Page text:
I wake up every morning more sure that this database will change the way they do medical research. I have hope that people will begin to understand the vision that that this database represents, and that they will focus on helping us build it. You ABSOLUTELY CAN make a HUGE difference in the fight against cancer. Please share the mission of Dragon Master Foundation. Like us on Facebook ( ). Follow us on Twitter (@dragonmasterfdn and/or @amandahaddock ). Host a grass-roots fundraising event. Something as simple as dining out at a local restaurant that will donate proceeds can be a huge help with both raising money and raising awareness. Cancer is a beast that is taking lives. You can be a dragon master. Please join us today!

52 People You Need to Meet: #37 Sue Jarvis

52 People To Meet Posts

Sue & Megan Jarvis

Our daughter, Megan, had suffered from headaches for years which doctors said were migraines. However, on December 1, 2004, an MRI revealed our worst nightmare. We got the news no parent wants to hear – “your daughter has a brain tumor.” Our lives would be changed forever that day.

A biopsy revealed a grade two Oligoastrocytoma.   After three surgeries and years of chemo, fast-forward to August 2009, her tumor had now progressed to a grade four Glioblastoma.   This time treatment would be radiation and more chemo. Fast-forward to February 2012, more words no parent wants to hear – “Megan’s tumor is growing, and we have run out of options. “ Basically, nothing more we can do for your daughter, and then I asked the dreaded question – how much time does she have, and the dreaded answer – six months. So we took that special trip, had fun with family and friends, ate good food and we didn’t focus on what was going to happen tomorrow.

On August 10, 2012, Megan passed away from this terrible disease. It was a long journey of so many ups and downs that Megan handled with such grace and dignity – never complaining. She had a beautiful spirit that shined through in how to live day-by-day with the challenges of a terminal illness.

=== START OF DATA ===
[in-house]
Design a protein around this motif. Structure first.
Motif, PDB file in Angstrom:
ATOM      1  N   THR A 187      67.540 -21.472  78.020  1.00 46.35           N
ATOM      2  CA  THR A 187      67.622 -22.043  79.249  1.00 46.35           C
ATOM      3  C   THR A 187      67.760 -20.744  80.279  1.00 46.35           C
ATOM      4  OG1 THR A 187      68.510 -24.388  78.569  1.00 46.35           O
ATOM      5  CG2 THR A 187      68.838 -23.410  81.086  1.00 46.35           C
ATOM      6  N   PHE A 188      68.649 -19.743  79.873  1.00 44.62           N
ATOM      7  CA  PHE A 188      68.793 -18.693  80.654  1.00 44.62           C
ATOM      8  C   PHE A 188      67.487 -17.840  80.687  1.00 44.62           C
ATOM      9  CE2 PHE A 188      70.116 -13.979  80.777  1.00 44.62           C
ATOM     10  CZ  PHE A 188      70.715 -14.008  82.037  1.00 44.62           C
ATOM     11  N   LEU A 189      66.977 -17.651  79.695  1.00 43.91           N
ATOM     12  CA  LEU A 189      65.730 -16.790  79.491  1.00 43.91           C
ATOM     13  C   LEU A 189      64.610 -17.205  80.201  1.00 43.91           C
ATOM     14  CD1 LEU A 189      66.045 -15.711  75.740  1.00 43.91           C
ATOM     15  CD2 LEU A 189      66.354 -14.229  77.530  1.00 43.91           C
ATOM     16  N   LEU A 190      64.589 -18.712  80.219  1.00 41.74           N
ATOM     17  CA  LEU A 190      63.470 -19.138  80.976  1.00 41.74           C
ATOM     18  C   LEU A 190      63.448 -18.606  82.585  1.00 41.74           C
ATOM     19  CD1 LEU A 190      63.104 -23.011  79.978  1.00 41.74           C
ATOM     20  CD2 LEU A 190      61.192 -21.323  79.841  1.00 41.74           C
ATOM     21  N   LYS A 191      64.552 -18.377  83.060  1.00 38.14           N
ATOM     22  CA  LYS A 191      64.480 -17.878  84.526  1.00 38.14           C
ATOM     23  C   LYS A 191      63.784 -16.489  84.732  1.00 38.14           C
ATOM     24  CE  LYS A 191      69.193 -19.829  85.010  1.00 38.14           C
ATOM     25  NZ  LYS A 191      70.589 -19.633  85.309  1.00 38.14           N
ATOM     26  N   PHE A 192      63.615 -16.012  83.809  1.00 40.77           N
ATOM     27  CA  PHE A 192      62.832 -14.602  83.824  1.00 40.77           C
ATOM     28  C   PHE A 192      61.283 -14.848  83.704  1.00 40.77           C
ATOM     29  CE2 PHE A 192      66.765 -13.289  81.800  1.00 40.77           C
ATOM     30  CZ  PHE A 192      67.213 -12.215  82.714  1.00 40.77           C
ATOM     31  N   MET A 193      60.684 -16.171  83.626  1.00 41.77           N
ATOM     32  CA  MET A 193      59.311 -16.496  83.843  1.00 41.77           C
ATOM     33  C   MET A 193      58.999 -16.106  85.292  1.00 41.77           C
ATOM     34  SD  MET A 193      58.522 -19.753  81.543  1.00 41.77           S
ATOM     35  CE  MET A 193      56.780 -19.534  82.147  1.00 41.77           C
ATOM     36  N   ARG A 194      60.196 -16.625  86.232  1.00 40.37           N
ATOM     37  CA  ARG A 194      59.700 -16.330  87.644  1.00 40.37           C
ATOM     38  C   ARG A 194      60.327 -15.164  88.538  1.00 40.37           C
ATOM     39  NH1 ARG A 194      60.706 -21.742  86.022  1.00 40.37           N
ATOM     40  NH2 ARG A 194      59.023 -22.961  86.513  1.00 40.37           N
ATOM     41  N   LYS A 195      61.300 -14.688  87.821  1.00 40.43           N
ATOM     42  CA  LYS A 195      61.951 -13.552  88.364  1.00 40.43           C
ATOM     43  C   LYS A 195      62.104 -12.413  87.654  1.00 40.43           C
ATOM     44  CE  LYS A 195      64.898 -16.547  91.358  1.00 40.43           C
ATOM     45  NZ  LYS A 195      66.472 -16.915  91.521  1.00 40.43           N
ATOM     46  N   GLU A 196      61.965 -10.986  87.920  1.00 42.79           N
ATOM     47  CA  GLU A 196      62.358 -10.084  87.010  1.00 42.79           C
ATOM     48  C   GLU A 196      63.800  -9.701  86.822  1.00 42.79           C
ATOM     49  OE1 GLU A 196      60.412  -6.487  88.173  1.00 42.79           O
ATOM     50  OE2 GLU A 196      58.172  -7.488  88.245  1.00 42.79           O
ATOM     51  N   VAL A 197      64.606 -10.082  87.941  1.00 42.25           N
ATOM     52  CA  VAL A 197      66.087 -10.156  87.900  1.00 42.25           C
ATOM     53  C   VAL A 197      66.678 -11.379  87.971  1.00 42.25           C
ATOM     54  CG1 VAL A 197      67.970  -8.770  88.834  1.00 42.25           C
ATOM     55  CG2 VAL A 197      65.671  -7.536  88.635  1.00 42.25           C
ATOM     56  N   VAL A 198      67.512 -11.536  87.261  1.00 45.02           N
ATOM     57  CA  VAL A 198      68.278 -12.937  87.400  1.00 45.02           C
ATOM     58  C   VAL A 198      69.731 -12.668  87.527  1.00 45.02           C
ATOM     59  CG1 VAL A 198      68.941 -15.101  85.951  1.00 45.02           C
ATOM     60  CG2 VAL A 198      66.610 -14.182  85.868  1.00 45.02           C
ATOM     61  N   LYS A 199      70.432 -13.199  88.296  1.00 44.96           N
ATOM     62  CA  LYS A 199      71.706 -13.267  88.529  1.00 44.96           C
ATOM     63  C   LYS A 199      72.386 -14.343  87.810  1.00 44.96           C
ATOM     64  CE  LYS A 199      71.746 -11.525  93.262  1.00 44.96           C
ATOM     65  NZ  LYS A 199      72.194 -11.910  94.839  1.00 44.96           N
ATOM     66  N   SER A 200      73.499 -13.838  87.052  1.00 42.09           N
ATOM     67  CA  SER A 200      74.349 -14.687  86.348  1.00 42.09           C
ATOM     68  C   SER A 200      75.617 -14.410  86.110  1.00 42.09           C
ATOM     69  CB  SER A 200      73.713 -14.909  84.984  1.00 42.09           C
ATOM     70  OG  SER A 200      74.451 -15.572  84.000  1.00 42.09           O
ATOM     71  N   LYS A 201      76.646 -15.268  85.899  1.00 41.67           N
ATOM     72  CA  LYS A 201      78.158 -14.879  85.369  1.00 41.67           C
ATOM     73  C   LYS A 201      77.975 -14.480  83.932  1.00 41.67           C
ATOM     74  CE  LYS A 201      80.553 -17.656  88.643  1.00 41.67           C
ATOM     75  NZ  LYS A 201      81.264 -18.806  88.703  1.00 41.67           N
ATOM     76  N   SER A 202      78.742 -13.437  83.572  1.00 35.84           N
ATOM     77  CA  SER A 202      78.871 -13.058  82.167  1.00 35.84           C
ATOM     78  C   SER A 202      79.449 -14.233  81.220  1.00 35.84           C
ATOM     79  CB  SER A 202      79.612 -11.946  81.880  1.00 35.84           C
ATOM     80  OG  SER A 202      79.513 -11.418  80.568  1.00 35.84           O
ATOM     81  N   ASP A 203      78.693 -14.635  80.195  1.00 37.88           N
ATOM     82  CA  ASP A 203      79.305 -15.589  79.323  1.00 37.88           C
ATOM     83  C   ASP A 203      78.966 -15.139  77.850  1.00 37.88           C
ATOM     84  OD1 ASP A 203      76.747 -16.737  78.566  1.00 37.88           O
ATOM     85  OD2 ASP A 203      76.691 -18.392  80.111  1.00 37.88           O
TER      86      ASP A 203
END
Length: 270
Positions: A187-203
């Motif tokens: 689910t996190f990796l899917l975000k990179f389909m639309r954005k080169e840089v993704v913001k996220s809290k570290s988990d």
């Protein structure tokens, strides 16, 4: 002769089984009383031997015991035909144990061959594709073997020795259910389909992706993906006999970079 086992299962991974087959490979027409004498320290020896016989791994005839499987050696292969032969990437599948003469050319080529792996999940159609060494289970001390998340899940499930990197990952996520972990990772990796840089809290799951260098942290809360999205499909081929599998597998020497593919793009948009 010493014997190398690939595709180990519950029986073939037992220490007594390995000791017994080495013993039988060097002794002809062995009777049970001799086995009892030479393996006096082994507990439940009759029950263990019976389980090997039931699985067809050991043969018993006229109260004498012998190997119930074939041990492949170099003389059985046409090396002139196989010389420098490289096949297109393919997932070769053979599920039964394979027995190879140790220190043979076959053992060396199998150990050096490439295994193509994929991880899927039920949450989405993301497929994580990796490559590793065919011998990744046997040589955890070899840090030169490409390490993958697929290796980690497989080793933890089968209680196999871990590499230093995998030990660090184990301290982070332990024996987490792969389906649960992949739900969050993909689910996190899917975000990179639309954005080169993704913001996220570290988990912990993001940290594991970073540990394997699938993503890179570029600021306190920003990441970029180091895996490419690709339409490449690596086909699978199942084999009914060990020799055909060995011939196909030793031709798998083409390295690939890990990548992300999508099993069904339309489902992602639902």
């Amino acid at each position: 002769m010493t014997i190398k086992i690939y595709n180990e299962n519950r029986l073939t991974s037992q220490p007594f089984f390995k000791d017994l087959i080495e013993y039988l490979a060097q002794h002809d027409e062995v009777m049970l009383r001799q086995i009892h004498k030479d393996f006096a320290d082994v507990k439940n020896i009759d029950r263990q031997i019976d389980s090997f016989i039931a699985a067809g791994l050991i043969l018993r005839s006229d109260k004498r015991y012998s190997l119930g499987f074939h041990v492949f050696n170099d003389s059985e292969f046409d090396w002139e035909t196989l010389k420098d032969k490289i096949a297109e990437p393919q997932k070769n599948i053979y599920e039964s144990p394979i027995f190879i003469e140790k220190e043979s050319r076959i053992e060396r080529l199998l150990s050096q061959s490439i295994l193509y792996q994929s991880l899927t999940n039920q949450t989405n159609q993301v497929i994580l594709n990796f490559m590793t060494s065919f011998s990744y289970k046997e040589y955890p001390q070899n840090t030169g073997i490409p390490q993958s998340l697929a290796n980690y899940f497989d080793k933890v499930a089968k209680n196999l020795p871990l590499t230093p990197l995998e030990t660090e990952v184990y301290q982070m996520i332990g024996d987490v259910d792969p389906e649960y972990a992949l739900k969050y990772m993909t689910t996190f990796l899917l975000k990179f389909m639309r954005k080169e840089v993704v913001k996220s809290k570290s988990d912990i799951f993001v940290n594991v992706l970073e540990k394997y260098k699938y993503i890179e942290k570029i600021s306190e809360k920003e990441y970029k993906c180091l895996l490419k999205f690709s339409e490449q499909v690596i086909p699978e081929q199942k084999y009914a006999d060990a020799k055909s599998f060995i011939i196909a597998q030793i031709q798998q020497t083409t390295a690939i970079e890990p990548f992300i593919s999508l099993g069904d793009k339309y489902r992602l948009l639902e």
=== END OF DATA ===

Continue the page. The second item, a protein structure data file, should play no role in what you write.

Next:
Six months after Megan’s death, I found the following paper she wrote for an English class at Old Dominion University. The paper was a hidden gift to us, as Megan was very private about her illness. It gives such an insight as to what life is like with a brain tumor. Megan just wanted to live a normal life like any young adult.

“English 101
Megan Jarvis
March 6, 2008

I believe that life is something that should never be taken for granted. In my first year at college I have met many people who do this every single day, not thinking anything will happen to them; that they are untouchable. I, like any young healthy person, thought that I would be fine forever, but realized that disease does not discriminate. It can affect anyone at any time, no matter how perfect they think their life is.

When I was sixteen years old I found out I had a brain tumor. I had three major surgeries, each setting me back physically and mentally. I had to deal with pain, speech therapy, seizures, chemotherapy and radiation. It has been hard, but it has helped me understand how precious every little thing in one’s life is. Since the surgeries it has been hard for me to remember my friend’s name, drink a cup of coffee, drive a car, swim, or play my piano. It is even more difficult to take a piece of paper and write my thoughts into words. Another thing that is different is all of the medication I am on. Before this I never took any medicine, and now I can’t go a day without it. It is a lot to remember and also come many side effects. The worst is when I become toxic, which has happened many times. This hurts me the most by having to miss important things, like school. I had to be home-schooled part of my senior year. I have lost almost all of my short-term memory and have trouble finding words. This can be very frustrating.

With things being the way they are, it is distressing for me to see people act in ways that are so perilous and think nothing of it. They won’t wear their seatbelt in their car; they don’t need it. They start smoking cigarettes; it makes them look cool. Lying out in the sun all day is smart and makes them look better. And after all of these things, they believe they are so healthy that they have no need for medical insurance. Then they start with their complaints – I’m not getting paid enough, I don’t like my car, I’m not tall enough, my clothes aren’t pretty enough. I want to tell them to stop wasting their time complaining about these petty things that don’t mean anything. Start appreciating things that do matter. Volunteering in a hospital I have met many elderly people with terminal diseases. When talking to them, almost all say that their sickness is due to decisions they made when they were young.

I met a person at school and when I told him about my situation, he was surprised at the way I was living my life. He said with something like this I needed to carpe diem, or “seize the day”. That was the motto by which he lived. And I did agree with him. Eat, drink, and be merry is something everyone should do; live a happy life. But don’t lose concern for the future. I told him my saying is memento mori, “remember that you are mortal”. Life is something that’s value should not be underestimated.